Date of Award

2009

Document Type

Dissertation

Degree Name

Doctor of Philosophy

College

College of Education and International Services

Program

Educational Leadership PhD

First Advisor

Shirley Freed

Second Advisor

Jerome Thayer

Third Advisor

Lilya Wagner

Abstract

Problem

Adventist universities rely on donor support. The predictors of Adventist alumni giving behavior are vital in order to optimize the fundraising capability of a university, but perceptions of who gives among Adventist alumni and why they give or do not give are not based on research.

Method

This empirical study analyzed the relationships between independent variables (demographics, psychographics, reasons for giving, and reasons for not giving) and dependent variables (donor status, level of support measured by largest gift and cumulative gift total, and frequency of support measured by percentage of gift years). The dependent variables were derived from gift data of two comprehensive Adventist universities. The independent variables were created from responses to a survey mailed to alumni of the Universities. The Identification Theory, rather than social exchange, altruism, or obligation theories, was used as a framework for the reasons for giving and not giving. Chi-square, analysis of variance (ANOVA), and correlation tests were used to analyze the relationships between individual variables; multiple regression tests were used to analyze models composed of selected variables.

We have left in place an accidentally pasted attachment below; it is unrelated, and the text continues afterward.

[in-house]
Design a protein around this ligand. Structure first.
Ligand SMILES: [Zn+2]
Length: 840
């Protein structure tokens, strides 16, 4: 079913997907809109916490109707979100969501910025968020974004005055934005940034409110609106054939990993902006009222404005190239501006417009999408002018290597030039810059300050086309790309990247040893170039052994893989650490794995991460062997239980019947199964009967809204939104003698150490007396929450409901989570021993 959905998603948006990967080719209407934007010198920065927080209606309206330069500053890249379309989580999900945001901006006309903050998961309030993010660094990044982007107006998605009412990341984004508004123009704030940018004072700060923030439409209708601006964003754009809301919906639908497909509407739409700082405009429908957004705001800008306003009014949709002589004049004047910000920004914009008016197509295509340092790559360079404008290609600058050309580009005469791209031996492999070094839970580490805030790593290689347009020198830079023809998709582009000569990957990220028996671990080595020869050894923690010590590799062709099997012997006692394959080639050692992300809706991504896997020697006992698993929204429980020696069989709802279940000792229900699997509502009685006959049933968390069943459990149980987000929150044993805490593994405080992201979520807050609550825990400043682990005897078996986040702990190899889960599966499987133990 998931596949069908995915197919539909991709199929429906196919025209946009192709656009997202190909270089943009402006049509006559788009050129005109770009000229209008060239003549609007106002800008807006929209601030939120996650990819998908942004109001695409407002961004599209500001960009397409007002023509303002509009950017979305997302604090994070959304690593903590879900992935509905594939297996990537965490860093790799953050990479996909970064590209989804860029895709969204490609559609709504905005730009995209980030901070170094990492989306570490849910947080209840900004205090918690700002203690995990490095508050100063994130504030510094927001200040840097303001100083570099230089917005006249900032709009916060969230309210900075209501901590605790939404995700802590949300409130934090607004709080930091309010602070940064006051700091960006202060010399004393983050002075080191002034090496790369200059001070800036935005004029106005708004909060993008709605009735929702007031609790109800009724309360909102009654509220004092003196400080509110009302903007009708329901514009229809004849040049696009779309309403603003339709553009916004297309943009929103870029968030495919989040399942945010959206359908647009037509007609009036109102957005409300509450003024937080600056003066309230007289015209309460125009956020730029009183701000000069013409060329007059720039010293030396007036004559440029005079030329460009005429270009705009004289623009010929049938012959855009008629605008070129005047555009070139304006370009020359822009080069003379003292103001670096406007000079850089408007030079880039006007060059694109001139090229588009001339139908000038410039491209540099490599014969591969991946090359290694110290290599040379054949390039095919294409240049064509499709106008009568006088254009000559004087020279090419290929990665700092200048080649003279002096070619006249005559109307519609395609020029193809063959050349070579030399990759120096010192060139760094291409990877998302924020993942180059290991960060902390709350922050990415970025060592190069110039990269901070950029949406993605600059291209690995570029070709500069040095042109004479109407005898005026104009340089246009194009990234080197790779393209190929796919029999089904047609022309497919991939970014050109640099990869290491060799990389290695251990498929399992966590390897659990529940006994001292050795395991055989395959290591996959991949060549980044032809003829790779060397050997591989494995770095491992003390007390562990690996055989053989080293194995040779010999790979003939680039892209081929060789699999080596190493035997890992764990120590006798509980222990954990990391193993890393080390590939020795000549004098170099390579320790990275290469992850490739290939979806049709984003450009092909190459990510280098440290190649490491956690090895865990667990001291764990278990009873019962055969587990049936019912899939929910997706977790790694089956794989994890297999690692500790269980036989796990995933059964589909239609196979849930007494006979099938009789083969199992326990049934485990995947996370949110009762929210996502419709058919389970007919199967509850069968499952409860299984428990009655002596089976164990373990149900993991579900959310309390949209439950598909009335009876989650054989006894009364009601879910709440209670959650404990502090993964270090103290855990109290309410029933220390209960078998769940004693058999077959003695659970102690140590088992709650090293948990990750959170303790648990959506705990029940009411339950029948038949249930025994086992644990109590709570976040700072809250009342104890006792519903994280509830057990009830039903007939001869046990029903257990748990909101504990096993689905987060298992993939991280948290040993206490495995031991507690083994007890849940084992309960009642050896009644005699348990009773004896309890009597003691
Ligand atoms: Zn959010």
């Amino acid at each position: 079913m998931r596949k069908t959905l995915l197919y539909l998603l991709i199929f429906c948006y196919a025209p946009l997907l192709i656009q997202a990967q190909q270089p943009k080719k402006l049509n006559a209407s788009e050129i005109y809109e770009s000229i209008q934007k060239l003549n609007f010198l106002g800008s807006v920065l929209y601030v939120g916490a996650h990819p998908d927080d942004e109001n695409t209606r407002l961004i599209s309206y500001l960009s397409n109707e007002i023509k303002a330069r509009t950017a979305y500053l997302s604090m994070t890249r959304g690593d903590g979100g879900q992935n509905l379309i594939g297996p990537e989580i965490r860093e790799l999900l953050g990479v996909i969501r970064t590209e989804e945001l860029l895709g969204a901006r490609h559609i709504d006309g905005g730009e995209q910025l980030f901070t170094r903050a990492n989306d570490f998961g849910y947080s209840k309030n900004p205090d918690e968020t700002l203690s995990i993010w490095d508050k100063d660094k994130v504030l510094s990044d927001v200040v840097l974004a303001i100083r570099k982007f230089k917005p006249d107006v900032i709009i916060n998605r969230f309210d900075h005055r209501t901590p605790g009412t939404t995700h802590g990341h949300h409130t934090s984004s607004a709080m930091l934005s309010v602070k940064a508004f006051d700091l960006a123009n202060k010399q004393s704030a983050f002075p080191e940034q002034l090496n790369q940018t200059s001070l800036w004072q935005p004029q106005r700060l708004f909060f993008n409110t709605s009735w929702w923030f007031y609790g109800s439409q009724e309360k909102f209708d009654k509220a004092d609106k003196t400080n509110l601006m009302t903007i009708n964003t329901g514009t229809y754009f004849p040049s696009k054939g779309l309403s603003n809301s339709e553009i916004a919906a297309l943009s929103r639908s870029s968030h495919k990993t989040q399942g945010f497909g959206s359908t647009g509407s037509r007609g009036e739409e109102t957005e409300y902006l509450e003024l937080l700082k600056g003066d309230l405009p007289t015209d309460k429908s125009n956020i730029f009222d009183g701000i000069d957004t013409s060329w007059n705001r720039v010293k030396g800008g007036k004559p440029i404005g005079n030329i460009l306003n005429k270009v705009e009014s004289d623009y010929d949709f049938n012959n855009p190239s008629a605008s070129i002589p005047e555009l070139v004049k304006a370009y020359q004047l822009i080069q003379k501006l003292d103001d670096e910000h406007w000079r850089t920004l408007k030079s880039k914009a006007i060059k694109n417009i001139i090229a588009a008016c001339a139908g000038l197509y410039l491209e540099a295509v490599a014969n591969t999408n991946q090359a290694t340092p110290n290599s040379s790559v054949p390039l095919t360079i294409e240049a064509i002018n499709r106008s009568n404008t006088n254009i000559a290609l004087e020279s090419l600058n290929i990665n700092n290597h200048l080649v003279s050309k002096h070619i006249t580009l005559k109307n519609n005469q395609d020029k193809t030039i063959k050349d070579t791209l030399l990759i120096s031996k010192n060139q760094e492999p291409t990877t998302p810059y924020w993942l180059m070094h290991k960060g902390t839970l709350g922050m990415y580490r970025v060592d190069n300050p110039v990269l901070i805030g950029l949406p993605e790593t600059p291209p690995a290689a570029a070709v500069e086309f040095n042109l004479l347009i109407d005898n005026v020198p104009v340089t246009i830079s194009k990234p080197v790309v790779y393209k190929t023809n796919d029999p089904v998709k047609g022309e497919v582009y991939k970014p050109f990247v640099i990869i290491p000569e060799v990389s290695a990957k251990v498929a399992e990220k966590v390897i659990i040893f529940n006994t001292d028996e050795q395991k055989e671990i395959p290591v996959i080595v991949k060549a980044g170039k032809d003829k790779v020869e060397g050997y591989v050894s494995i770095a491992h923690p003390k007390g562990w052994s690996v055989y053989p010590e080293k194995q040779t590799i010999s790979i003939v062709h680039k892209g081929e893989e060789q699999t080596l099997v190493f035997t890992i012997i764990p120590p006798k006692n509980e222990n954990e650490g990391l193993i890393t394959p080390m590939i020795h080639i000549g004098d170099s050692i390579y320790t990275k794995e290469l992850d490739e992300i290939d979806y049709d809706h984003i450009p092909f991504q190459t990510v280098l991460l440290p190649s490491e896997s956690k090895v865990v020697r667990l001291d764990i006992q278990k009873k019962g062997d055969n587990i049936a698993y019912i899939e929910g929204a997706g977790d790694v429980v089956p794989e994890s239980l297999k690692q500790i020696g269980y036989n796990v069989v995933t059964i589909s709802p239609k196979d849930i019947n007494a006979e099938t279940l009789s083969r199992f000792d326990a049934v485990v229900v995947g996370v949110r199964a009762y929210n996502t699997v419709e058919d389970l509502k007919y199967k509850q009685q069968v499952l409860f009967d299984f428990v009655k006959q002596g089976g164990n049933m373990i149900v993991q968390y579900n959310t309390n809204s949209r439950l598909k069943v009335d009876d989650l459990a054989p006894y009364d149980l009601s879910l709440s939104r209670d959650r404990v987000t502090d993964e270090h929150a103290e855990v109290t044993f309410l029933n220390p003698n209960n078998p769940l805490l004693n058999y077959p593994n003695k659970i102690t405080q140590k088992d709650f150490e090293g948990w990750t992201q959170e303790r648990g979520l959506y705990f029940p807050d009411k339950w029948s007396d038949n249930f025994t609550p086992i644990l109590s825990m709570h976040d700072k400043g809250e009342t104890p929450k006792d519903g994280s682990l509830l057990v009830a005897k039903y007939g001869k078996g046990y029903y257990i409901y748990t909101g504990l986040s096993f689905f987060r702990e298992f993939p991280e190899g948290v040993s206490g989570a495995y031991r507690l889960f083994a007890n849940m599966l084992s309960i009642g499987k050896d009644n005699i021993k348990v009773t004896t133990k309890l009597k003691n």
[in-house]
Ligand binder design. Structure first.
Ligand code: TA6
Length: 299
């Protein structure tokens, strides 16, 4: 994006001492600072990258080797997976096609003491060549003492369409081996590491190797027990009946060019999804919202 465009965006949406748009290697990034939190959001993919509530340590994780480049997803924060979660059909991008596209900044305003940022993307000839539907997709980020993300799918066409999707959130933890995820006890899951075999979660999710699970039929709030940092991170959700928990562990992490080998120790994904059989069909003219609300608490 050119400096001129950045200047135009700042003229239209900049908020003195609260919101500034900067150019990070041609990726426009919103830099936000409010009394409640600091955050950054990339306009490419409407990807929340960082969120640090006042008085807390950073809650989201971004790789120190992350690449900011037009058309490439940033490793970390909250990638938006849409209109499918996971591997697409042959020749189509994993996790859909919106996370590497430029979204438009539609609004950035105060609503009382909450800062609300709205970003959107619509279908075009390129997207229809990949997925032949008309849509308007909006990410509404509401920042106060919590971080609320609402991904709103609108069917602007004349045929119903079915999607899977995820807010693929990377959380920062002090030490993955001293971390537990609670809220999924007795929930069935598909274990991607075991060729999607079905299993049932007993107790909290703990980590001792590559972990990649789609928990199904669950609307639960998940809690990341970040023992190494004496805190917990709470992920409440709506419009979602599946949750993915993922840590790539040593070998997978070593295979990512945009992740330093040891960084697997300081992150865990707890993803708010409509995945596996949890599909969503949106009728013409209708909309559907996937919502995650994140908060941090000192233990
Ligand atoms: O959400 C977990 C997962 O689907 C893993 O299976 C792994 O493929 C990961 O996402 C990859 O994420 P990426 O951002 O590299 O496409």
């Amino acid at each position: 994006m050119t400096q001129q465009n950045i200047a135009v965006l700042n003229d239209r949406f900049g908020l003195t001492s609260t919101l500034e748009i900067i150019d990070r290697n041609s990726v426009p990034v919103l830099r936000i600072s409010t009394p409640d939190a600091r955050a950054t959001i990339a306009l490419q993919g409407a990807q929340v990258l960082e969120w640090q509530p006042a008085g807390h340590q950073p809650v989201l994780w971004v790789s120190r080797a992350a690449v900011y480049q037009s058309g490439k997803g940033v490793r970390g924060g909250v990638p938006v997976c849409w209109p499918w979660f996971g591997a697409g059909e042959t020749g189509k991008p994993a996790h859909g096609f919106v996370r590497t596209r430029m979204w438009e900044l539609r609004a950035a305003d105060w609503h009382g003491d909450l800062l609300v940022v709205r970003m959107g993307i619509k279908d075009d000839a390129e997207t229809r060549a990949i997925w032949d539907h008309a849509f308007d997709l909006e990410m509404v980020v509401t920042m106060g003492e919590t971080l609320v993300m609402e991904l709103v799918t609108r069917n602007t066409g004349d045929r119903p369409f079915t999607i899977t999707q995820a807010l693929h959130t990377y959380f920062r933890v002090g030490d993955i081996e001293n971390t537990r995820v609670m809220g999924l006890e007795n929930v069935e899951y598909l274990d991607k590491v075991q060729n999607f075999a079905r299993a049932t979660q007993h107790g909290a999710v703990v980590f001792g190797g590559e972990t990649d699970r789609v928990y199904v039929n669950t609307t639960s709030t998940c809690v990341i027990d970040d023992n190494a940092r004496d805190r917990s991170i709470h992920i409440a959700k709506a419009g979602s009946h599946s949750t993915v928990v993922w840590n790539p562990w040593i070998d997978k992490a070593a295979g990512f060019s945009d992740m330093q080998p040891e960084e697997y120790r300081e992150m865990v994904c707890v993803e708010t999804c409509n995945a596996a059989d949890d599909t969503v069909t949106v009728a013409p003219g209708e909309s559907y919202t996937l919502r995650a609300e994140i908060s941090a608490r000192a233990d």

Results

Significant differences between donors and nondonors and significant relationships with level and frequency of support variables existed for all four types of independent variables. Being older, having a spouse with a degree, and receiving the highest degree earlier were demographic predictors of donors. Psychographic predictors of giving behavior included: giving to more than three nonprofits and being involved with the University. Reasons for giving predictive of giving behavior included: being asked to give, believing in the mission, respecting past and current faculty, and returning help as one was helped.

Conclusions

The discovery of predictors of Adventist alumni giving behavior will assist university personnel both in identifying alumni who are potential donors and preparing effective funding proposals to optimize philanthropic education and resource acquisition. Additional study of the relationships between the various predictors of Adventist alumni giving behavior is recommended. Encouraging philanthropy, in general, by alumni appears to enhance alumni-giving behavior to their Adventist alma mater.

Subject Area

Universities and colleges|--Alumni and alumnae; Seventh-day Adventist universities and colleges--Alumni and alumnae; Universities and colleges--Endowments; Seventh-day Adventist universities and colleges--Endowments; Universities and colleges--Benefactors; Seventh-day Adventist universities and colleges--Benefactors; Endowments; Gifts

Creative Commons License

Creative Commons Attribution-Noncommercial-No Derivative Works 4.0 License
This work is licensed under a Creative Commons Attribution-Noncommercial-No Derivative Works 4.0 License.

DOI

https://dx.doi.org/10.32597/dissertations/1704

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